YAZA: Nine women die daily from cervical cancer. 15 get a diagnosis and it's the leading cause of cancer deaths in the country. Why is this the case?

BK: First of all, with the statistics, annually, these are the numbers - over 5,200 women are diagnosed and over 3,200 die from it. The reason why we need to pay attention to these figures is that these are not the actual numbers we’ll get if we were to do population-wide research.

These are the women who have come to the system and are recorded as diagnosed with and treated for invasive cervical cancer. There are other women who are treated for precancerous conditions before they are fully diagnosed with cervical cancer. 

In this country, women will visit a facility over nine times before they are actually diagnosed with cervical cancer. So how many women give up before they get to the ninth time and are diagnosed? This shows that the numbers could be bigger.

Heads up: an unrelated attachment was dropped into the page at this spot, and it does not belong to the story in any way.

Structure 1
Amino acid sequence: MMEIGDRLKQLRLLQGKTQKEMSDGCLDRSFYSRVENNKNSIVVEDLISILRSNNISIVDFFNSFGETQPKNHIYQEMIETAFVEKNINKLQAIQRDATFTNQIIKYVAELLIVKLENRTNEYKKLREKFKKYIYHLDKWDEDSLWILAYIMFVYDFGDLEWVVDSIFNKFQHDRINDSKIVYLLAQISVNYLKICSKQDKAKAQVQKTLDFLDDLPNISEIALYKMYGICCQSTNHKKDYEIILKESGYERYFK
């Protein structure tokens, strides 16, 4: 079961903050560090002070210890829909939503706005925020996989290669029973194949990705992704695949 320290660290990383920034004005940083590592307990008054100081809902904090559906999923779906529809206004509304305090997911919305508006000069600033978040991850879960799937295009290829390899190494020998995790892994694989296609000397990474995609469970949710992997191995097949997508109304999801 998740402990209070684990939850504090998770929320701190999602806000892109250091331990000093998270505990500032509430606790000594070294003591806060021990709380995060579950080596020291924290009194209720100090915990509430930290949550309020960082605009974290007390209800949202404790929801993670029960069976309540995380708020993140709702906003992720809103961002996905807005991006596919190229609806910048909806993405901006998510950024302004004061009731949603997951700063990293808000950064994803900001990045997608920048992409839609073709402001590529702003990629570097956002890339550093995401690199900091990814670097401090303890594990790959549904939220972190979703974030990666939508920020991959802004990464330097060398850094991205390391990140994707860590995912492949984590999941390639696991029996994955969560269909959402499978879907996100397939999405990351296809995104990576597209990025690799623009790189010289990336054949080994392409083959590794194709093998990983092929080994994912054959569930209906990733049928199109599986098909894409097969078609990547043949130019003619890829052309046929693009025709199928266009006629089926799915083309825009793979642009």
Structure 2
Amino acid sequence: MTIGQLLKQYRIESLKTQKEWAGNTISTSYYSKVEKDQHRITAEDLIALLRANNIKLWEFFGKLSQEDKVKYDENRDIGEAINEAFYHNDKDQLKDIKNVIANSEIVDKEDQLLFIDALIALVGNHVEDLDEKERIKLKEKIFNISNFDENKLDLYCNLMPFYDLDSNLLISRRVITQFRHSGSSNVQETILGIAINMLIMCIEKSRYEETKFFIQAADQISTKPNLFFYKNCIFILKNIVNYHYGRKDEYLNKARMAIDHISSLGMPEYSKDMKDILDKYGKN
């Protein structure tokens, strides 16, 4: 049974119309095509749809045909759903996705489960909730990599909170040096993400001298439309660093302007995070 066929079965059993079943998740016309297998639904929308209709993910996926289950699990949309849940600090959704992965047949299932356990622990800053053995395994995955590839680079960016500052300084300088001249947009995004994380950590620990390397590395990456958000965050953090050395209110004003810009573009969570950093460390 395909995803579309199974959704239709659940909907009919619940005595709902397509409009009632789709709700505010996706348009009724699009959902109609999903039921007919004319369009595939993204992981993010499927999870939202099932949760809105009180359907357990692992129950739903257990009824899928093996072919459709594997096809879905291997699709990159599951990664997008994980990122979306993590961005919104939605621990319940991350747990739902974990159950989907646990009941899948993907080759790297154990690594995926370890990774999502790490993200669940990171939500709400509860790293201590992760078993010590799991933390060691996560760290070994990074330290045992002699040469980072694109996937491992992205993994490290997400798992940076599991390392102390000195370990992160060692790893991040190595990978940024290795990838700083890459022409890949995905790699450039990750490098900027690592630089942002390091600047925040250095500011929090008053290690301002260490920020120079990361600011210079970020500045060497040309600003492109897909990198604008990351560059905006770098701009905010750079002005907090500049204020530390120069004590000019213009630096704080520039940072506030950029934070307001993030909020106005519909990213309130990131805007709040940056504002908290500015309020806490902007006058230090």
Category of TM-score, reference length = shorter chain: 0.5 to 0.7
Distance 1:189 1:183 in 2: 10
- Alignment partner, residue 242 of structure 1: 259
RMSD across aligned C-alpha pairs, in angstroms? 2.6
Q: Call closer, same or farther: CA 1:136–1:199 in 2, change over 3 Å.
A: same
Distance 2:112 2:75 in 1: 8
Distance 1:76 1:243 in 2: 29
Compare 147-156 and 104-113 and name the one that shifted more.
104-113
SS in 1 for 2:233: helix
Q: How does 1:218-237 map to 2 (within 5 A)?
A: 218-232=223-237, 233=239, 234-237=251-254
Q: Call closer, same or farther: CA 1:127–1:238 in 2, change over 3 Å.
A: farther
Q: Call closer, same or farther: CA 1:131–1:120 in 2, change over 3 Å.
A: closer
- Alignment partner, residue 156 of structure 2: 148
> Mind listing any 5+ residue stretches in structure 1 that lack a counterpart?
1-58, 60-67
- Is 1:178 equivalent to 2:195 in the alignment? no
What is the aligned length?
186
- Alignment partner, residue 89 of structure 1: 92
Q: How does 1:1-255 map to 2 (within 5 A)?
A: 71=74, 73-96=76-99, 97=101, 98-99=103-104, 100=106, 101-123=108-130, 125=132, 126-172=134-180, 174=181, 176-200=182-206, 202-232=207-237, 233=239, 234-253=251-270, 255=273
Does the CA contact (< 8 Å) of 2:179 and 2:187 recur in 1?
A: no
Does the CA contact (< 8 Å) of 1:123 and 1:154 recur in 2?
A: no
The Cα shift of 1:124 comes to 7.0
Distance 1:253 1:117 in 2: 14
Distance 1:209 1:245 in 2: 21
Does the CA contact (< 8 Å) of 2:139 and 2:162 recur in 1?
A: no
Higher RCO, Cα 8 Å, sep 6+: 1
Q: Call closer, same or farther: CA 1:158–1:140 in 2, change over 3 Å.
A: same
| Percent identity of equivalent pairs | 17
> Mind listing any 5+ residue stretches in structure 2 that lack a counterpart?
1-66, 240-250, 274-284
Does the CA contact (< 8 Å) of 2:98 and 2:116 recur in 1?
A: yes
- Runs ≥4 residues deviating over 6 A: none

Why is this the case? One of the biggest contributors to the high mortality rate is an awareness that doesn’t translate into action. As policymakers, we know that cancer is one of the leading causes of death in Kenya.

We know that it is treatable and fully preventable with the vaccine, screening and early detection and treatment. But how well do we follow up with women who are diagnosed early to make sure they get treatment? How often do we take action to prevent, get an early diagnosis and seek early treatment? The majority of cancers are discovered late.

We even have a community saying that what you don’t know doesn’t kill you. It’s a lie. With cervical cancer, what you don’t know could be the cause of your death. Cervical cancer takes time and that time could be time used to prevent it. 

YAZA: You work closely with communities. What kinds of myths and misconceptions hinder them from taking action?